A question started percolating around the ATL offices this morning (your ATL editors do work out of an office, at least since our moms kicked us out of the basement): Is Kathleen Sullivan the FIRST female named partner in the Am Law 100?
We figured that surely there was at least one other firm that had a female partner with her name in lights. But we’ve thought about it, conferred with the ABA Commission on Women in the Profession, and googled around a little, and so far we’ve come up empty.
According to a spokesperson from Quinn Emanuel, Kathleen Sullivan is the Alpha female of the Am Law 100:
We believe she is the first female partner to be a named partner in the Am Law 100.
Is this possible? Were all of the top 100 firms named after old white men until today? All of them?
If you know of an exception, send us an email or put it in the comments. Please tell us that we didn’t have to wait until 2010 to cross this threshold. Regardless, we’re always happy to see a woman on top.
An ATL favorite, Quinn Emanuel, is making a change to its firm name. From the Quinn press release:
John B. Quinn announced today that the firm he and Eric Emanuel founded 25 years ago will change its name, and henceforth be known as Quinn Emanuel Urquhart & Sullivan, LLP. The decision to add Kathleen M. Sullivan as a name partner was made in recognition of her extraordinary contributions to the firm and the profession. Sullivan is a partner in the firm’s New York City office and heads the firm’s national appellate practice.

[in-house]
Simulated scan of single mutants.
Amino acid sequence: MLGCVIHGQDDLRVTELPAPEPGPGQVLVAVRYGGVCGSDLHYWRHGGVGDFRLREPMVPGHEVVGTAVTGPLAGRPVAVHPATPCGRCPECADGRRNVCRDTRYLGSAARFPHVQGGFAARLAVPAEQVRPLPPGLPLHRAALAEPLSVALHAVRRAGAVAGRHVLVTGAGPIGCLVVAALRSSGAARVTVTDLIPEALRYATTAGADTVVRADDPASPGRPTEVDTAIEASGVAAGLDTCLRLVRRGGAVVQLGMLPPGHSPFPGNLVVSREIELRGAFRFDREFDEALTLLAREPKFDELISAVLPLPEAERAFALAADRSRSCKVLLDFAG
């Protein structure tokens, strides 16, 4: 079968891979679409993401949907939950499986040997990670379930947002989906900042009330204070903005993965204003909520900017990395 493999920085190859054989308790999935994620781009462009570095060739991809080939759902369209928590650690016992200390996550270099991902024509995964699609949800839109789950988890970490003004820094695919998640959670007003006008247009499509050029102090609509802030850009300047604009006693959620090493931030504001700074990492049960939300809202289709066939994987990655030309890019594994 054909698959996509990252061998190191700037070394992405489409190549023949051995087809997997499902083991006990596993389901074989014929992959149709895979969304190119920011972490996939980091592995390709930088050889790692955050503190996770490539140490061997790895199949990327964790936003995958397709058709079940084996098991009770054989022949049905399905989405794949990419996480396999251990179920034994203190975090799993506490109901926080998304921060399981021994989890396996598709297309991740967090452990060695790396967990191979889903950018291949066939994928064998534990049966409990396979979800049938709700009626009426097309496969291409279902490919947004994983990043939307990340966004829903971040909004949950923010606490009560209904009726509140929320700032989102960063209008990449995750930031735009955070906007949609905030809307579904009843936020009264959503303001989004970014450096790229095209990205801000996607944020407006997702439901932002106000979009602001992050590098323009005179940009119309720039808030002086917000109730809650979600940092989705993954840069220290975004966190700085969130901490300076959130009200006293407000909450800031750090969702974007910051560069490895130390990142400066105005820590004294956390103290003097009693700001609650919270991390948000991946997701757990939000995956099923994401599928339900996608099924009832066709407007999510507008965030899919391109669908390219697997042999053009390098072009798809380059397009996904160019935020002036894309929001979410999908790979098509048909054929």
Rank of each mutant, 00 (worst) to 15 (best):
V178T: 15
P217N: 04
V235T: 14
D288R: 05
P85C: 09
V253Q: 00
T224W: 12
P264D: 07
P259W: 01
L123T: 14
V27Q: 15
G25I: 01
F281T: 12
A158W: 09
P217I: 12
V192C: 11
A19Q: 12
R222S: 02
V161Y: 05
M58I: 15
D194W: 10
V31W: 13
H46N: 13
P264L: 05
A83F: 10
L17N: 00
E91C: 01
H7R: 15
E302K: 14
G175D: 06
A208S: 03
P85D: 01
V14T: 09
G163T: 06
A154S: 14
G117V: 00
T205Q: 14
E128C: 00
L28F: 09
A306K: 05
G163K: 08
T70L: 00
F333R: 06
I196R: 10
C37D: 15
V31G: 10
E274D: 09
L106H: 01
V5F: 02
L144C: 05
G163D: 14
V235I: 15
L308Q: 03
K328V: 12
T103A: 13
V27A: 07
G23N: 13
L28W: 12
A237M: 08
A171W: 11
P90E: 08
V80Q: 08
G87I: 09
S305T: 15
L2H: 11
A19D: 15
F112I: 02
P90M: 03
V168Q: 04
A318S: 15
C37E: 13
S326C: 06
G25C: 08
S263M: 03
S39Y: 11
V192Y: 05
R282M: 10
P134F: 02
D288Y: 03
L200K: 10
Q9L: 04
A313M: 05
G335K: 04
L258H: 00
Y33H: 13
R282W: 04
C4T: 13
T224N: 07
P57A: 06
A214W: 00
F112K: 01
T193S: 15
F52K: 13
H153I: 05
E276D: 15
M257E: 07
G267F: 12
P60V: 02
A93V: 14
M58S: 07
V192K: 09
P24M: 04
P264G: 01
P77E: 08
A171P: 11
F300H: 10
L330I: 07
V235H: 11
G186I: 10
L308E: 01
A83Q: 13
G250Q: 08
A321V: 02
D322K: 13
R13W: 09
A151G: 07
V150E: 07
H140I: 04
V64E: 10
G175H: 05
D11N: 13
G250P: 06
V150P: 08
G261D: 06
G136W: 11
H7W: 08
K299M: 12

Congratulations to former Stanford Law School dean Sullivan.
Of course, now that she’s a name partner, we are eagerly awaiting for the ATL community to honor Kathleen Sullivan with her own meme. John Quinn doesn’t use capital letters. Bill Urquhart … really likes capital letters. We can’t wait to see what Sullivan comes up with.
Read the full press release, plus an UPDATE with some observations from Lat, after the jump.
Thanks to everyone who submitted possible nominees for our Lawyer of the Year award. We reviewed your 160+ comments and developed a slate of ten worthy candidates.
Before we reveal them, we’ll talk about a few folks we passed over. A number of you suggested Mike Leach, the lawyer turned football coach who was recently fired by Texas Tech University. Although Leach’s achievements on the gridiron are considerable, he’s more of a football figure than a legal figure, so he didn’t make the team.
A few of the lawyers you suggested, while certainly well-known, really belong to years prior to 2009. These include former New York governor and Attorney General Eliot Spitzer, who resigned in disgrace after his dalliances with prostitutes came to light; former administrative law judge Roy Pearson, of the infamous $54 million (originally $67 million) pants lawsuit; and prominent IP litigator Jeremy Pitcock.